JIZZY PEARL – Crucified

Jizzy PearlIn terms of consistency Love/Hate kind of fizzled out after the release of the somewhat under-rated ‘Let’s Rumble’ in 1993.  The band soldiered on for another six years (with varying line-ups, issuing another three records), but despite best efforts from those later years (and the band almost blowing Gilby Clarke off stage in London during a 2002 tour), for most people, Love/Hate will always be best-loved for the tunes on 1990’s ‘Blackout In The Red Room’ debut.

Given that Love/Hate recorded a debut record they struggled to equal, it comes as a great surprise that ‘Crucified’, a long-overdue comeback EP from their one-time frontman Jizzy Pearl – frontman with Quiet Riot at the time of this release – is as strong as it is.  Ever the underdog with something to prove, Pearl dishes up six numbers that are strong enough on their own terms.

‘Hanging You Out To Dry’ sets out the stall with clear intentions, with its mix of arrogance and hard-hitting rock marking the return in as direct a manner as possible.  The drums adopt a harsh garage rock tone, while the guitar lines are equally hard.  Over this rather brash set up, Pearl spits his lyrics venomously, time ensuring that his scratchy voice rarely sounds as shrill as it did some two decades previously, but in terms of general delivery, still very much sounding like a man who’s more than up to the task, his brazen attitude there for all to hear.  It’s not until ‘Sunny Day’ hits that things start to sound more like Love/Hate (after years being that band’s mouthpiece, there’s always gonna be something comparable).  Sure, it’s not got the glam edge of his former band’s debut – that would just be far too out of step with the climate in which this was recorded – but it’s bluesy, sleazy elements that carry through hint at parts of ‘Wasted’ and beyond, while a fuller vocal allows a little more of Jizzy to shine.  While a strong pair of opening numbers, these are likely to please long-term fans of Pearl’s work, but unlikely to open any new ears…  That said, those unfamiliar with Jizzy or any of his earlier works might find some musical pleasure in the tunes that follow if they keep an open mind.  Although bringing plenty of 70s influence via it’s ringing guitars, ‘You’re Making Me Nervous’ is by far this mini-album’s weakest tune.  The guitars find themselves in a strong position – as does Pearl, vocally speaking – but the rhythm section are uninspired, rarely breaking from a solid, on the beat stomp.  It sounds better played loudly, but given the other tunes on this disc, you know the band are capable of so much more…and so much better.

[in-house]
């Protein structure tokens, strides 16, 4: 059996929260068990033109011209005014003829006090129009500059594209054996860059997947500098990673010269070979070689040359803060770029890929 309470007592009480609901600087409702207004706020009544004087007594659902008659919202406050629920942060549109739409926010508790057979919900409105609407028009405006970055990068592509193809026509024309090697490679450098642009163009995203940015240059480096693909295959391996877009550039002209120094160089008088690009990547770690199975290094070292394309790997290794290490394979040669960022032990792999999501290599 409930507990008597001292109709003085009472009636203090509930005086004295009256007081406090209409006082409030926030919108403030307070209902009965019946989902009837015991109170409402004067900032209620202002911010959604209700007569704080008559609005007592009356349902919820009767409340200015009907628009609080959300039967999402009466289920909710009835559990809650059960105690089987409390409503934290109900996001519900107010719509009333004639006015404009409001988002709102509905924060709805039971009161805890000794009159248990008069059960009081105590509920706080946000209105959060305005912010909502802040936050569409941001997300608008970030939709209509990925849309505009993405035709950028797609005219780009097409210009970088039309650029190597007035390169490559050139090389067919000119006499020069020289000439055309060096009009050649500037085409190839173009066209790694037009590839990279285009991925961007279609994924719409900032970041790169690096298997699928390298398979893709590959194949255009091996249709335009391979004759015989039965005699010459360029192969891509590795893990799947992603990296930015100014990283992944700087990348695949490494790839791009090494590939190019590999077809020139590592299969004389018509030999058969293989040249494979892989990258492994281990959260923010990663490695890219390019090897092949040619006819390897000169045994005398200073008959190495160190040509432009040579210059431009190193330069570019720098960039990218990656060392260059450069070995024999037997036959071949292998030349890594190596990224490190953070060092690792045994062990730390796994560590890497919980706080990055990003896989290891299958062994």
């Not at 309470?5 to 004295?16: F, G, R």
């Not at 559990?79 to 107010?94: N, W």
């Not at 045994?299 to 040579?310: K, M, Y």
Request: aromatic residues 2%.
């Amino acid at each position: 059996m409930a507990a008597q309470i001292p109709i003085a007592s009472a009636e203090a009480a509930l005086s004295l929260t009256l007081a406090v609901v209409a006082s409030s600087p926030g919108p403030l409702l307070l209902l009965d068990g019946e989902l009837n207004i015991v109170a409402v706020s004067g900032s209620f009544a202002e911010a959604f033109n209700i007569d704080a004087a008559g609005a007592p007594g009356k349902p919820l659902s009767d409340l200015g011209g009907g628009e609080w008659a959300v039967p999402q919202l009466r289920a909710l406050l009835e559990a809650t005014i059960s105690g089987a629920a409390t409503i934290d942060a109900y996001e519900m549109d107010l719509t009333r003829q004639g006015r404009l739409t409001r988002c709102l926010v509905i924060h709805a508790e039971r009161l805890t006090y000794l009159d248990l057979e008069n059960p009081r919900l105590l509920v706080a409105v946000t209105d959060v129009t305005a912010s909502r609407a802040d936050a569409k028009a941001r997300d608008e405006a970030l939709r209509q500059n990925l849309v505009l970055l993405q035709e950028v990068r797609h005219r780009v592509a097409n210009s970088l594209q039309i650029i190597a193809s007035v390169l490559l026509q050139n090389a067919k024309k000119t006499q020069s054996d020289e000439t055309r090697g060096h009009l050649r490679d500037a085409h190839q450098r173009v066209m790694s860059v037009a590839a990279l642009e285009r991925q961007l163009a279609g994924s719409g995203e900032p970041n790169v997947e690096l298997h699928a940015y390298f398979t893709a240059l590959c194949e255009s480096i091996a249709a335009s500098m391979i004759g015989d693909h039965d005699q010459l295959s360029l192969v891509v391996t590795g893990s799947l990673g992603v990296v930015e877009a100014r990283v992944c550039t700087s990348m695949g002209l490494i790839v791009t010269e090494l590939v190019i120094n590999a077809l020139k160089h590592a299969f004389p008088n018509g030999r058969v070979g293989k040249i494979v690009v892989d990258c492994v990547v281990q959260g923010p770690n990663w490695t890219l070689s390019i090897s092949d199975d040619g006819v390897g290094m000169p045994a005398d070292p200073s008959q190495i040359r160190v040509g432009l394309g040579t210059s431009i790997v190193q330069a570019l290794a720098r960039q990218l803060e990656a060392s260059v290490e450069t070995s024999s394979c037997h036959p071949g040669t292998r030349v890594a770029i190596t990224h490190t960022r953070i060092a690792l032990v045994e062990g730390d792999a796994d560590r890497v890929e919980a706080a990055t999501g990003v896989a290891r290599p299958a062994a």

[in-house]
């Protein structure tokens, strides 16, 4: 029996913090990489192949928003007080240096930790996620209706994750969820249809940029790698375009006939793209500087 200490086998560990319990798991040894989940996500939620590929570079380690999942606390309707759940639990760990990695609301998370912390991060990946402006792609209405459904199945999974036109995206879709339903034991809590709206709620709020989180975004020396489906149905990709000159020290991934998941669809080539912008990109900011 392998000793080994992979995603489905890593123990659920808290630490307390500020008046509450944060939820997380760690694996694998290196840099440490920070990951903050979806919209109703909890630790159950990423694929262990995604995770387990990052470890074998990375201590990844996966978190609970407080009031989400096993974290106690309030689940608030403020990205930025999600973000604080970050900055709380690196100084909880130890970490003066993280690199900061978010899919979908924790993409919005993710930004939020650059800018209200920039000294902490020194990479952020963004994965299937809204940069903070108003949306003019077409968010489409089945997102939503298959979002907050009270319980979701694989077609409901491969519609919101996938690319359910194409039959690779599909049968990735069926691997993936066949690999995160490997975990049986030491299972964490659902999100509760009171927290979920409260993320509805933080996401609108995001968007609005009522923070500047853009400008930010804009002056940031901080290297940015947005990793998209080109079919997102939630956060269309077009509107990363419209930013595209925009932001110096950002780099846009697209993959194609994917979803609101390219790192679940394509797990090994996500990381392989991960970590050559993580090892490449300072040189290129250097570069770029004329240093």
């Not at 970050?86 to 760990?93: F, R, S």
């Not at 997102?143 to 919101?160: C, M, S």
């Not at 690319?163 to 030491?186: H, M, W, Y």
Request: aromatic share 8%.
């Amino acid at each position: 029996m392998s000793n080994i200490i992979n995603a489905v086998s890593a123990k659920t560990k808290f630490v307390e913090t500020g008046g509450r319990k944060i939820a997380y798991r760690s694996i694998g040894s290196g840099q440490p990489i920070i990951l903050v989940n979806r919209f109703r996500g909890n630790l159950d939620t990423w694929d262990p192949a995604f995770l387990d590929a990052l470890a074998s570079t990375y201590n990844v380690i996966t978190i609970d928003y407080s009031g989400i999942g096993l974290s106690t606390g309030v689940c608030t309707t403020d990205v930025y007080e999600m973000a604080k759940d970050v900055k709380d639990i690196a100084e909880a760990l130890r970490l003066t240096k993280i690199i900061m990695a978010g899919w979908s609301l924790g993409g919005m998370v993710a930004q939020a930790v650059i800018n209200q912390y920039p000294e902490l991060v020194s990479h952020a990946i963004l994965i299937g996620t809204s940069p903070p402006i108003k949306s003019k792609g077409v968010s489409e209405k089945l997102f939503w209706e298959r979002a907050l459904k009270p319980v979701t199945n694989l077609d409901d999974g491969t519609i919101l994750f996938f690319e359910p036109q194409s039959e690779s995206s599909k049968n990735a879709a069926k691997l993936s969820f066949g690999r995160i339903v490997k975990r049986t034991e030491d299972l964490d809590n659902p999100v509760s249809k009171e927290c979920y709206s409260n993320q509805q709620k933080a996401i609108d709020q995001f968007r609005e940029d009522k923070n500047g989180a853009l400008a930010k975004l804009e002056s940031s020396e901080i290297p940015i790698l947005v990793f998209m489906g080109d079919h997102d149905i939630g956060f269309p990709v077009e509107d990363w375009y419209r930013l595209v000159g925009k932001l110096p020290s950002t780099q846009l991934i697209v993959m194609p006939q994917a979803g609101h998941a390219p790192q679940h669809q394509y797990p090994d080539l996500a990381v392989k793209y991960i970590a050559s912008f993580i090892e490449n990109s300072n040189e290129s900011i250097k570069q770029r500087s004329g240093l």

Thankfully, it’s just a temporary blip, as during the second half of the release, things really pick up. The neo-psychedelic ‘Love Is All’ weaves a gently droning magic which sounds like Love/Hate tackling something from The Cult’s ‘Ceremony’ album from ’91; Pearl’s vocal performance stretches a little farther than on the majority of these tracks, while a well-played lead guitar weaves among the tribal rhythm.  Even better, the more sedate ‘I Don’t Wanna Be Your Baby’ is a semi-acoustic workout that recalls the likes of Kik Tracee’s wondrous ‘Big Western Sky’ and a couple of the early Quireboys ballads.  The combination of acoustic rhythms, slightly scratchy voice and Hammond organ is near-timeless in its 70s appeal…but what shifts this track from good to absolutely killer is the presence of a brilliant guitar solo.  Although too short by half, the couple of bars filled by bluesy noodlings easily catches the ear.  Thankfully, similar tones lead off ‘Too Late’, a thoughtful, drowsy soft rock offering showcasing the finer end of Pearl’s vocal range.  A reasonably strong chorus combined with some sweet guitar work ensures something memorable as a closing piece.  The blend of slightly gruff harmony vocals and effortless guitar lines ought to be enough to silence any naysayers…

Almost a decade and a half after the last Love/Hate material surfaced, ‘Crucified’ could have bombed.  So much time has passed and although also a published author, so many people could have forgotten about Pearl’s talent in the interim. However, this mini-album’s combination of raw production and sharp riffs ensures good, trashy entertainment throughout, while the acoustic leanings of the later tracks show the greatest potential from Pearl since, well, what feels like forever. Much like Ugly Kid Joe’s unlikely 2012 comeback recording ‘Stairway To Hell’, it’s proof enough that you can’t always keep a good artiste down…

December 2013